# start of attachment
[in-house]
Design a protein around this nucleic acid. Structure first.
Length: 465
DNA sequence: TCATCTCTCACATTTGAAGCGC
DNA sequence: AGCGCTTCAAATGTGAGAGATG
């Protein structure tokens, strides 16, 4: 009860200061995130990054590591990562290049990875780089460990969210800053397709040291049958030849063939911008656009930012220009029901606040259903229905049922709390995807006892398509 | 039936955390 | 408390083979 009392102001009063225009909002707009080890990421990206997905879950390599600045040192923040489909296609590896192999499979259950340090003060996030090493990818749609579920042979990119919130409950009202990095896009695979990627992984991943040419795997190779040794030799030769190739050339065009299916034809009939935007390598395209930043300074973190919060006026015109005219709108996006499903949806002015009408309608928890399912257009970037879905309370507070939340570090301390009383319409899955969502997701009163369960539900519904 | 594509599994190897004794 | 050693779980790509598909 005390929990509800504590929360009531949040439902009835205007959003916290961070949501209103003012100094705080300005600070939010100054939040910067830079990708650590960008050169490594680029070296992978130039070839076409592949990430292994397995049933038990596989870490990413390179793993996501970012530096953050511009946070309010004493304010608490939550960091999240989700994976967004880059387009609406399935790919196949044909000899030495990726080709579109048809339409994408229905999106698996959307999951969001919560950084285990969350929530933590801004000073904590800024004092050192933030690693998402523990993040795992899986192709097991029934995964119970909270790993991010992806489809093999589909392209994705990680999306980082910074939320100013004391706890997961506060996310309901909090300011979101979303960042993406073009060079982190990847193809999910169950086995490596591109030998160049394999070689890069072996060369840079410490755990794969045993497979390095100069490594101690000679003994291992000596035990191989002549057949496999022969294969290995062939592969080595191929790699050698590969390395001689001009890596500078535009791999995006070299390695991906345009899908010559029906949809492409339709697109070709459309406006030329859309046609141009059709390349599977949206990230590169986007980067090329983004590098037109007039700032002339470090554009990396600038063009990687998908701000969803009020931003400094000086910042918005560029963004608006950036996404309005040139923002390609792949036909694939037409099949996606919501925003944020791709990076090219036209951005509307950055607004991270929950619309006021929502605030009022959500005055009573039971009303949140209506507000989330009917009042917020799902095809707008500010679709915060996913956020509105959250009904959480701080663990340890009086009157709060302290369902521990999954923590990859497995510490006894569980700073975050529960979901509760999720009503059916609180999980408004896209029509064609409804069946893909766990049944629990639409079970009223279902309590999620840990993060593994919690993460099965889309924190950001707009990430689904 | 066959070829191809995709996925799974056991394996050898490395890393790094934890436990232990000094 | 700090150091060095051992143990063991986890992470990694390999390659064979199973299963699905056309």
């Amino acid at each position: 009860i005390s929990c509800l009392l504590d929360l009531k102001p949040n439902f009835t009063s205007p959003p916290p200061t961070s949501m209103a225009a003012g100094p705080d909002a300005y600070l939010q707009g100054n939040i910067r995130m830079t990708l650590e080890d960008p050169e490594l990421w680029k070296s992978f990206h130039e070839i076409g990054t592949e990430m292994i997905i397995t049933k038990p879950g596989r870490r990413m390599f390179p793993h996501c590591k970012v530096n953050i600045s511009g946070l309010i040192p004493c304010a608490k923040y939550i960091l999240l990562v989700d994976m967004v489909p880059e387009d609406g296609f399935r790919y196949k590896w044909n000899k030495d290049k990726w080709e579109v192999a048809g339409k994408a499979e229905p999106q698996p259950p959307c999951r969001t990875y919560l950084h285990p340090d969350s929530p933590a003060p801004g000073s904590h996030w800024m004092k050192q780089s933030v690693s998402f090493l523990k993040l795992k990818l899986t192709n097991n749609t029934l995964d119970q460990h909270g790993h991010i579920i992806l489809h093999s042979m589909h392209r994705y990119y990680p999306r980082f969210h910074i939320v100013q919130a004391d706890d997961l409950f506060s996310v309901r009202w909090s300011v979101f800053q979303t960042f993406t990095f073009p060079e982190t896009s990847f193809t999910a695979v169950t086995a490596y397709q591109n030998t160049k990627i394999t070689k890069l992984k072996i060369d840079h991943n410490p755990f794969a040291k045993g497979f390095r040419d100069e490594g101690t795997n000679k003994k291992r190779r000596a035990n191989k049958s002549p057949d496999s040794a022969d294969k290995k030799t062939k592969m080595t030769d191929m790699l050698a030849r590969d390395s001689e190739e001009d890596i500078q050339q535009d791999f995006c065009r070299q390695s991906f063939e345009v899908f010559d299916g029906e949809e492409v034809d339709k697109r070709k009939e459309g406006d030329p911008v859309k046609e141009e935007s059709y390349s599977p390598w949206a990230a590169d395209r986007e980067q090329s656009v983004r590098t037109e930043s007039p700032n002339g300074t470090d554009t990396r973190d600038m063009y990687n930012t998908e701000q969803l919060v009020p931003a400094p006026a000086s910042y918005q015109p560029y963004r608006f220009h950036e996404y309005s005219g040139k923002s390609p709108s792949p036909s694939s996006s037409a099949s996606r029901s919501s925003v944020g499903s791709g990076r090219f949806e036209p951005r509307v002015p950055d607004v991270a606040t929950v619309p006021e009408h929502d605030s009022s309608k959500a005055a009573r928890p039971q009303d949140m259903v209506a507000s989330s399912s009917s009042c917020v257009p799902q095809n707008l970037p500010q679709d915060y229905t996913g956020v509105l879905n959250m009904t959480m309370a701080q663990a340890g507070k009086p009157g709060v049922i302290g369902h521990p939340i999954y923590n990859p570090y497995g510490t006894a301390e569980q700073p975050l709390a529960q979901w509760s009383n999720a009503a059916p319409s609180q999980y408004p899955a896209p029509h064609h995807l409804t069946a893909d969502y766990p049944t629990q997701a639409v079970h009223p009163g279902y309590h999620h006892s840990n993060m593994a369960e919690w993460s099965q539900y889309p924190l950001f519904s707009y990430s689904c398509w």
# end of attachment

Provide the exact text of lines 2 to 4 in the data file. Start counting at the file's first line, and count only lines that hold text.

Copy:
Design a protein around this nucleic acid. Structure first.
Length: 465
DNA sequence: TCATCTCTCACATTTGAAGCGC